ISO/ IEC JTC1/SC22/WG14 N852

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Subject: (SC22WG14.6233) N852 - Editor's Report
To: uunet!!SC22WG14 (WG14 mailing list),
        uunet!!jb (John Benito)
Date: Mon, 28 Sep 1998 15:36:19 -0400 (EDT)
From: peren!uunet!!larry.jones (Larry Jones)
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Status: R

                                                             SC22/WG14 N852
Editor's Report

                                                         September 24, 1998

1.  Status

CD2 was completed and delivered to SC22 as a final CD the first week of
August along with the disposition of comments document.  In addition to the
substantive changes made in response to public comments, there were also
many small editorial changes.  The changes are too numerous to list here,
please see the version of CD2 with diff marks from the previous draft
(available from the committee's web site at for details.

The SC22 FCD ballot runs from 10 August 1998 to 8 January 1999; for
details, see  SC22
published only the PDF and text versions of the draft, but the PostScript
version is available from the committee's web site.

The US public review runs from 11 September 1998 to 10 November 1998;
details are at  As far as I know, the US
is still willing to accept public comments from anyone, not just citizens
or residents.

2.  CD2 Errata


Footnote 74 is missing from the text version of the draft.

There is extra whitespace following each example.


The foreword should note that this standard is a revision of ISO/IEC
9899:1990 and includes AM1, TC1, and TC2.  It should also contain a list of
major technical changes.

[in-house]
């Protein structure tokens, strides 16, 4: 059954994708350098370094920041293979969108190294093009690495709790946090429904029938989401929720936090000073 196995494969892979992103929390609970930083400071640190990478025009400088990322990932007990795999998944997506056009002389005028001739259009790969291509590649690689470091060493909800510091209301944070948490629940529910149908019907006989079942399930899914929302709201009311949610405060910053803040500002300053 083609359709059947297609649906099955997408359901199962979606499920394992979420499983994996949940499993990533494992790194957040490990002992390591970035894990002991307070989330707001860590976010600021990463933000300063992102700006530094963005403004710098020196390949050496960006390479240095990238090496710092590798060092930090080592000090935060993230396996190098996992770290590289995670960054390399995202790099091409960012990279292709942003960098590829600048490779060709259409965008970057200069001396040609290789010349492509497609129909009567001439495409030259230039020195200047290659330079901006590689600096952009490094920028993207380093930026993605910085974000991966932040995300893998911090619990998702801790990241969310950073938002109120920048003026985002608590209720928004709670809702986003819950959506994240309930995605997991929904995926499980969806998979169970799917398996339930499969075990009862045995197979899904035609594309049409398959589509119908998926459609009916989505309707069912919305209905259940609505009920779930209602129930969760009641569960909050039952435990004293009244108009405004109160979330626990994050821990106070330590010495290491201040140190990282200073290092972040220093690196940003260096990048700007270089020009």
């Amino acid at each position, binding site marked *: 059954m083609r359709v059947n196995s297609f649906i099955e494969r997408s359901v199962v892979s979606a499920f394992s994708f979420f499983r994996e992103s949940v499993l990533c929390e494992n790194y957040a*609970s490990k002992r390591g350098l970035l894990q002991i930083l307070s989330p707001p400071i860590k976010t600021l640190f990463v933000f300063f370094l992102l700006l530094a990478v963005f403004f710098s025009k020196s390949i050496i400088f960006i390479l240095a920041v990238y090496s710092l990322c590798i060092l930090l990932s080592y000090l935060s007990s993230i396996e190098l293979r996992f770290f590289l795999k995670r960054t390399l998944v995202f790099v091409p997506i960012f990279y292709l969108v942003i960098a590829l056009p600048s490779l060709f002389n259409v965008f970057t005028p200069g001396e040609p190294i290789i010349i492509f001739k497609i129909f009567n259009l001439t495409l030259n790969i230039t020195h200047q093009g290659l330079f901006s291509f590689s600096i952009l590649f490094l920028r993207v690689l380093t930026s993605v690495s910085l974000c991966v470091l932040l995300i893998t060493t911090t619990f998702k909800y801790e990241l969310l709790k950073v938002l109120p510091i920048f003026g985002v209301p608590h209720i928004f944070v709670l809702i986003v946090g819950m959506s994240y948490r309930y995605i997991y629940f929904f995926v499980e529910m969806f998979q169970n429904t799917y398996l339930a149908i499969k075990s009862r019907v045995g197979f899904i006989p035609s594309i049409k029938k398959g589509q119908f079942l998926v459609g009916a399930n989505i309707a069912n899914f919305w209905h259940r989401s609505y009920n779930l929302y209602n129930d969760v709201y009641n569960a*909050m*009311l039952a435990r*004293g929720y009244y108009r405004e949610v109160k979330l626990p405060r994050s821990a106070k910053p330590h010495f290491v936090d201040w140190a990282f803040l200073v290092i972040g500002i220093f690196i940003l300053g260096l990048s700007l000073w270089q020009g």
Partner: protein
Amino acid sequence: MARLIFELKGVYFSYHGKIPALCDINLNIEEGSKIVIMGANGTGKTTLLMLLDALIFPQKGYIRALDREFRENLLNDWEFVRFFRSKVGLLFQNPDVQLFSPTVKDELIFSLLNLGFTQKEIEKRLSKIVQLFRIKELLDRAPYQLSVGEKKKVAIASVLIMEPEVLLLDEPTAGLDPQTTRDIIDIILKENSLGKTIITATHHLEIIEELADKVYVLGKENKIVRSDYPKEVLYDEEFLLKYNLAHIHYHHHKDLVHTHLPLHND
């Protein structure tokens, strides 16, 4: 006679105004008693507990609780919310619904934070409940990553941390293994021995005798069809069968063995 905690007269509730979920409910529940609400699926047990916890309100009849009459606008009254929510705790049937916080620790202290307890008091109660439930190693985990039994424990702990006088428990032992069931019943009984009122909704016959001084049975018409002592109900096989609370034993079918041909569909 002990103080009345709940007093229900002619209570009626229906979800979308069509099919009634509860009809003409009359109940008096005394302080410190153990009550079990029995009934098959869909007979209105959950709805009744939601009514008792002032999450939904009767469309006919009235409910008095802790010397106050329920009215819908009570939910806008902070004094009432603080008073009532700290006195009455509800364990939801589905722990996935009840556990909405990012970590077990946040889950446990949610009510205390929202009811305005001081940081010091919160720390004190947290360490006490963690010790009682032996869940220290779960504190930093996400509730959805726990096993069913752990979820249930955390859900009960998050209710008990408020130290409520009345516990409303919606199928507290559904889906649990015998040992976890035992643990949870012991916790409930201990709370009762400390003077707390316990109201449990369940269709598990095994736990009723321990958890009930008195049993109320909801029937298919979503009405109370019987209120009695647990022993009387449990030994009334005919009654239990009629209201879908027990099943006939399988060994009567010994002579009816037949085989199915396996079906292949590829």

6.2.5 Types

Paragraph 22: ``typedomain'' should be ``type domain''. Pointers

Paragraph 6: There needs to be special dispensation for _Bool since the
result in that case is not implementation-defined. Character constants

Paragraph 8: UCNs are not limited to graphic characters, they may also be
used for various kinds of space characters.

2                                                            SC22/WG14 N852

6.5.9 Equality operators

Paragraph 6: ``if'' should be ``if and only if''.

6.7.8 Initialization

Paragraph 20 doesn't take designated initializers into account.  In the
first line, ``aggregate'' should be ``aggregate or union'' and the phrase
``or if the first member of a union is an aggregate or union'' should be
deleted.  In the fifth line, the phrase ``the first member of the'' should
be deleted.

6.10.8 Predefined macro names

Footnote 137: ``ISO/IEC 9899:AMD1:1995'' should be ``ISO/IEC
9899/AMD1:1995''. The localeconv function

In the example, the currency_symbol for the Netherlands should not have a
trailing space and all of the int_*_sep_by_space entries should be 0.

7.16 Boolean type and values <stdbool.h>

Paragraph 3: ``decimal constant'' should be ``integer constant''. The fprintf function

Paragraph 6: The descriptions of the # and 0 flags should note that, for
floating-point formats, they only apply to finite values and not to
infinities or NaNs.

This also applies to The fwprintf function. Normalization of broken-down times

Paragraph 3: The computation of D is incorrect.  The first line should be:

        D = Y*365 + QUOT(Z, 400)*97 + REM(Z, 400)/4 - MOD(Z, 400)/100 +

A.2.1 Expressions

(6.5.2) postfix-expression: The last two lines have punctuation characters
in the wrong font.

Annex D Formal model of sequence points

This annex uses the term ``field'' to refer to structure and union members;
it should use the term ``member'' instead.

3.  Open Issues

The index still needs more work.

SC22/WG14 N852                                                            3

The text version of the draft has not been reviewed and contains numerous
formatting problems such as superscripts overprinting information from the
previous line and unintelligible expressions.